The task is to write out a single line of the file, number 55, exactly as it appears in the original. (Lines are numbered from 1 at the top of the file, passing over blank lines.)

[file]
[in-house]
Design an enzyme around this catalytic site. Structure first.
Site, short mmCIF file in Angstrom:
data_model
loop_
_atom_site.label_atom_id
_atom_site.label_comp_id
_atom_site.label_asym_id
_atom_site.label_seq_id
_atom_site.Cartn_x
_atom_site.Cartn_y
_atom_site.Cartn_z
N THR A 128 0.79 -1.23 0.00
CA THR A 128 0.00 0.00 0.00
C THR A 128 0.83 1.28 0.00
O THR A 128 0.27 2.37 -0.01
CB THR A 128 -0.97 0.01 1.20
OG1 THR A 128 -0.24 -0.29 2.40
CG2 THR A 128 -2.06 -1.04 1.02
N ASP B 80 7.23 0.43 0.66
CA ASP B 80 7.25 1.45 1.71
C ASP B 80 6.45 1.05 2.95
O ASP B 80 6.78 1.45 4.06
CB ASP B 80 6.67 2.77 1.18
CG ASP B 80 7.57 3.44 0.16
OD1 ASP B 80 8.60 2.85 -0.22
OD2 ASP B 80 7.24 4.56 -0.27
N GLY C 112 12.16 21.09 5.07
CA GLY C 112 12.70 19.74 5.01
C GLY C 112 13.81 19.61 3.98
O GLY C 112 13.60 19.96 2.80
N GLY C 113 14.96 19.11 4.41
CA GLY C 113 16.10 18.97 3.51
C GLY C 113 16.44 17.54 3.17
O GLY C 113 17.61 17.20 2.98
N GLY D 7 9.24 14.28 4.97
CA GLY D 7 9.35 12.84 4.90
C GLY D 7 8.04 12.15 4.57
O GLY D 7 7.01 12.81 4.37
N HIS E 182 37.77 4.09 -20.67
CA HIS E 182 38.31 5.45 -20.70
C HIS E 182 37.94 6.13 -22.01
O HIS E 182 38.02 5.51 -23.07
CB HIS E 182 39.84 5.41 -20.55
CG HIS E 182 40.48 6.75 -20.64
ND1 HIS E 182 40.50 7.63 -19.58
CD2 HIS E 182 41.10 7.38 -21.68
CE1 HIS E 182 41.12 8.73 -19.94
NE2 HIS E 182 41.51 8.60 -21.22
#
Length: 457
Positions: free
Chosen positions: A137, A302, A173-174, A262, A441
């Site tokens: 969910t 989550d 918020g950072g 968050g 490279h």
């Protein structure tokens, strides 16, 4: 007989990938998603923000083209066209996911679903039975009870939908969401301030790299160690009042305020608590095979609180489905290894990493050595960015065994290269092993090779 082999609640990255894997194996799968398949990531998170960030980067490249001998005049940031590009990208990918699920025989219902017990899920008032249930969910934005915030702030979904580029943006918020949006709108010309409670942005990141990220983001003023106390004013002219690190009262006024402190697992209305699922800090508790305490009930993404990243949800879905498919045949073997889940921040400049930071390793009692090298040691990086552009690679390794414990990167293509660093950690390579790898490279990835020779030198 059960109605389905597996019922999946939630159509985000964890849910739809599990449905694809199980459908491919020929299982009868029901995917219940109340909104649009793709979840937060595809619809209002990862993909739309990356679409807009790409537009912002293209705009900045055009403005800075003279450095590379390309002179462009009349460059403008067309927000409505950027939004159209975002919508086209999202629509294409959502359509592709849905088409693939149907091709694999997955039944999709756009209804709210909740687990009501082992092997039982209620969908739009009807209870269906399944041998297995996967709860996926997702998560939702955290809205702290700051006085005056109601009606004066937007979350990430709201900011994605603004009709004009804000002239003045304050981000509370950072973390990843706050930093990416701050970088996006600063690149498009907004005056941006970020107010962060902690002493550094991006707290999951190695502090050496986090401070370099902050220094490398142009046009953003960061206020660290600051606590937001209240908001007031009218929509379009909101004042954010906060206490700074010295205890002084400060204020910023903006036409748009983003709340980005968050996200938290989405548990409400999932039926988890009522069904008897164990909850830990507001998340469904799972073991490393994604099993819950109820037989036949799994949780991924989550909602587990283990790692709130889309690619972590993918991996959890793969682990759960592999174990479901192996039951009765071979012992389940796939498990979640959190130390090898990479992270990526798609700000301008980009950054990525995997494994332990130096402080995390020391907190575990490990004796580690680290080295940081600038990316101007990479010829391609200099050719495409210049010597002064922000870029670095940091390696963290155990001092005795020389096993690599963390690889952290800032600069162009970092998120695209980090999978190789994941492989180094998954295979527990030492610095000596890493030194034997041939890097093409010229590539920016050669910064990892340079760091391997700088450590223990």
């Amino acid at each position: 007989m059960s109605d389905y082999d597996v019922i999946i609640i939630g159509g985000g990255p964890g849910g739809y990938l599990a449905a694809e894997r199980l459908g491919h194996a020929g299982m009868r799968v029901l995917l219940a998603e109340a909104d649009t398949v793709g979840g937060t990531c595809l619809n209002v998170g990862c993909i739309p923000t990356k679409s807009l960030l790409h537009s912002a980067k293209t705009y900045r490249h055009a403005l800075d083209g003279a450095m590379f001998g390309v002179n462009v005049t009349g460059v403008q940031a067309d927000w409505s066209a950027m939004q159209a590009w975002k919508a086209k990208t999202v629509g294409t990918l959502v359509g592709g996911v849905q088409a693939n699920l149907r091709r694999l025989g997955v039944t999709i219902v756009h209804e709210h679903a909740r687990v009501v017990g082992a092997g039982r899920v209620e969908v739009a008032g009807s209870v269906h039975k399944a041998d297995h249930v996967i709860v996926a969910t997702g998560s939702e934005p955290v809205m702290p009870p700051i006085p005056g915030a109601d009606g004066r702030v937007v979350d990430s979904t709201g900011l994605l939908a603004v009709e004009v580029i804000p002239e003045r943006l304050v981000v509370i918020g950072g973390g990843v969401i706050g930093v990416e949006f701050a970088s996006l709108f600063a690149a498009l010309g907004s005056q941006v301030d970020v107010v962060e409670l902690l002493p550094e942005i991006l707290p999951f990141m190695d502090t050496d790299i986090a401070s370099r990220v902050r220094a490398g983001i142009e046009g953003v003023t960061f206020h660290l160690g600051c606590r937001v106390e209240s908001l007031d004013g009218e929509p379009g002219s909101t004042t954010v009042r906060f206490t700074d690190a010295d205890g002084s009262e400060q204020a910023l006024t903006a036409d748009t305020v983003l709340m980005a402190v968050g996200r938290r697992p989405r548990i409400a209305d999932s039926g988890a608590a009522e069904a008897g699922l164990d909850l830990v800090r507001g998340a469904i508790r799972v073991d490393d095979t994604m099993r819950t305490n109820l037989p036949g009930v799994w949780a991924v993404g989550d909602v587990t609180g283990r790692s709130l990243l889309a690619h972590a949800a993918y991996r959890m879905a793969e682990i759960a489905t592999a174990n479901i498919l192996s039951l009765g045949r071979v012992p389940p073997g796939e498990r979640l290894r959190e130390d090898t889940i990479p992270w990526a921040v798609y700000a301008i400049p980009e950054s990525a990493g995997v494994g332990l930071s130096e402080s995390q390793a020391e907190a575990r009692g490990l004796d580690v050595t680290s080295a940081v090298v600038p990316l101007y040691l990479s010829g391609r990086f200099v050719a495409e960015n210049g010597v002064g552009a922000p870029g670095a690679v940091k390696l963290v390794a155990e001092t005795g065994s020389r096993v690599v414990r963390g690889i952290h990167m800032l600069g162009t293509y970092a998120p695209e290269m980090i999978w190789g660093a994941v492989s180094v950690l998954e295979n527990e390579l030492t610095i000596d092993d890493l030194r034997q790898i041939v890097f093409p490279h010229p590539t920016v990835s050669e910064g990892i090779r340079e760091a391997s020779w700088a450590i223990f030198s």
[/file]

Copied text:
């Protein structure tokens, strides 16, 4: 007989990938998603923000083209066209996911679903039975009870939908969401301030790299160690009042305020608590095979609180489905290894990493050595960015065994290269092993090779 082999609640990255894997194996799968398949990531998170960030980067490249001998005049940031590009990208990918699920025989219902017990899920008032249930969910934005915030702030979904580029943006918020949006709108010309409670942005990141990220983001003023106390004013002219690190009262006024402190697992209305699922800090508790305490009930993404990243949800879905498919045949073997889940921040400049930071390793009692090298040691990086552009690679390794414990990167293509660093950690390579790898490279990835020779030198 059960109605389905597996019922999946939630159509985000964890849910739809599990449905694809199980459908491919020929299982009868029901995917219940109340909104649009793709979840937060595809619809209002990862993909739309990356679409807009790409537009912002293209705009900045055009403005800075003279450095590379390309002179462009009349460059403008067309927000409505950027939004159209975002919508086209999202629509294409959502359509592709849905088409693939149907091709694999997955039944999709756009209804709210909740687990009501082992092997039982209620969908739009009807209870269906399944041998297995996967709860996926997702998560939702955290809205702290700051006085005056109601009606004066937007979350990430709201900011994605603004009709004009804000002239003045304050981000509370950072973390990843706050930093990416701050970088996006600063690149498009907004005056941006970020107010962060902690002493550094991006707290999951190695502090050496986090401070370099902050220094490398142009046009953003960061206020660290600051606590937001209240908001007031009218929509379009909101004042954010906060206490700074010295205890002084400060204020910023903006036409748009983003709340980005968050996200938290989405548990409400999932039926988890009522069904008897164990909850830990507001998340469904799972073991490393994604099993819950109820037989036949799994949780991924989550909602587990283990790692709130889309690619972590993918991996959890793969682990759960592999174990479901192996039951009765071979012992389940796939498990979640959190130390090898990479992270990526798609700000301008980009950054990525995997494994332990130096402080995390020391907190575990490990004796580690680290080295940081600038990316101007990479010829391609200099050719495409210049010597002064922000870029670095940091390696963290155990001092005795020389096993690599963390690889952290800032600069162009970092998120695209980090999978190789994941492989180094998954295979527990030492610095000596890493030194034997041939890097093409010229590539920016050669910064990892340079760091391997700088450590223990």